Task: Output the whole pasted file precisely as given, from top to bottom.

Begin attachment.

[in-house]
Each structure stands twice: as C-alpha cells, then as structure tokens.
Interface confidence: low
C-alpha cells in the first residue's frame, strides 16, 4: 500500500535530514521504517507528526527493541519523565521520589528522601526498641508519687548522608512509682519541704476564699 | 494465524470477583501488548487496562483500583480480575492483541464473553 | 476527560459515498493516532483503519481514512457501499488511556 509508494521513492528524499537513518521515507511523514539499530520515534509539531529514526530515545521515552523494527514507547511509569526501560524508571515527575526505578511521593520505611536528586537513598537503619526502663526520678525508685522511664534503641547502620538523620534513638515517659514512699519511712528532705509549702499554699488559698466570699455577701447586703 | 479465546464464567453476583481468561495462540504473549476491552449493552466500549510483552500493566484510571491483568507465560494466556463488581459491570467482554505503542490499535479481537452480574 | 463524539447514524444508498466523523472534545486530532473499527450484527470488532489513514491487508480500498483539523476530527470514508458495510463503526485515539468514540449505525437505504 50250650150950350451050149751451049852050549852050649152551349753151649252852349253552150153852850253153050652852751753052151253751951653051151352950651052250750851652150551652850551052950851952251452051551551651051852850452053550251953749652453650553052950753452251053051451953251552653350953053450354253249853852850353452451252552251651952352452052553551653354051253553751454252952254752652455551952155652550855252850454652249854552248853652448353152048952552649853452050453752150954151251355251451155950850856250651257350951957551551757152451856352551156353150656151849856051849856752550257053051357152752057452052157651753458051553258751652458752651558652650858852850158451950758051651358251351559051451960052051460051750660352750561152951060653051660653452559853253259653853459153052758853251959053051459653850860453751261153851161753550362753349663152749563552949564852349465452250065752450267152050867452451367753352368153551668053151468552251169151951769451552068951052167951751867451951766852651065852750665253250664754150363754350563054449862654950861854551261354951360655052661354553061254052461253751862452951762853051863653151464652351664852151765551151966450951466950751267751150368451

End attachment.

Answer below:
[in-house]
Each structure stands twice: as C-alpha cells, then as structure tokens.
Interface confidence: low
C-alpha cells in the first residue's frame, strides 16, 4: 500500500535530514521504517507528526527493541519523565521520589528522601526498641508519687548522608512509682519541704476564699 | 494465524470477583501488548487496562483500583480480575492483541464473553 | 476527560459515498493516532483503519481514512457501499488511556 509508494521513492528524499537513518521515507511523514539499530520515534509539531529514526530515545521515552523494527514507547511509569526501560524508571515527575526505578511521593520505611536528586537513598537503619526502663526520678525508685522511664534503641547502620538523620534513638515517659514512699519511712528532705509549702499554699488559698466570699455577701447586703 | 479465546464464567453476583481468561495462540504473549476491552449493552466500549510483552500493566484510571491483568507465560494466556463488581459491570467482554505503542490499535479481537452480574 | 463524539447514524444508498466523523472534545486530532473499527450484527470488532489513514491487508480500498483539523476530527470514508458495510463503526485515539468514540449505525437505504 50250650150950350451050149751451049852050549852050649152551349753151649252852349253552150153852850253153050652852751753052151253751951653051151352950651052250750851652150551652850551052950851952251452051551551651051852850452053550251953749652453650553052950753452251053051451953251552653350953053450354253249853852850353452451252552251651952352452052553551653354051253553751454252952254752652455551952155652550855252850454652249854552248853652448353152048952552649853452050453752150954151251355251451155950850856250651257350951957551551757152451856352551156353150656151849856051849856752550257053051357152752057452052157651753458051553258751652458752651558652650858852850158451950758051651358251351559051451960052051460051750660352750561152951060653051660653452559853253259653853459153052758853251959053051459653850860453751261153851161753550362753349663152749563552949564852349465452250065752450267152050867452451367753352368153551668053151468552251169151951769451552068951052167951751867451951766852651065852750665253250664754150363754350563054449862654950861854551261354951360655052661354553061254052461253751862452951762853051863653151464652351664852151765551151966450951466950751267751150368451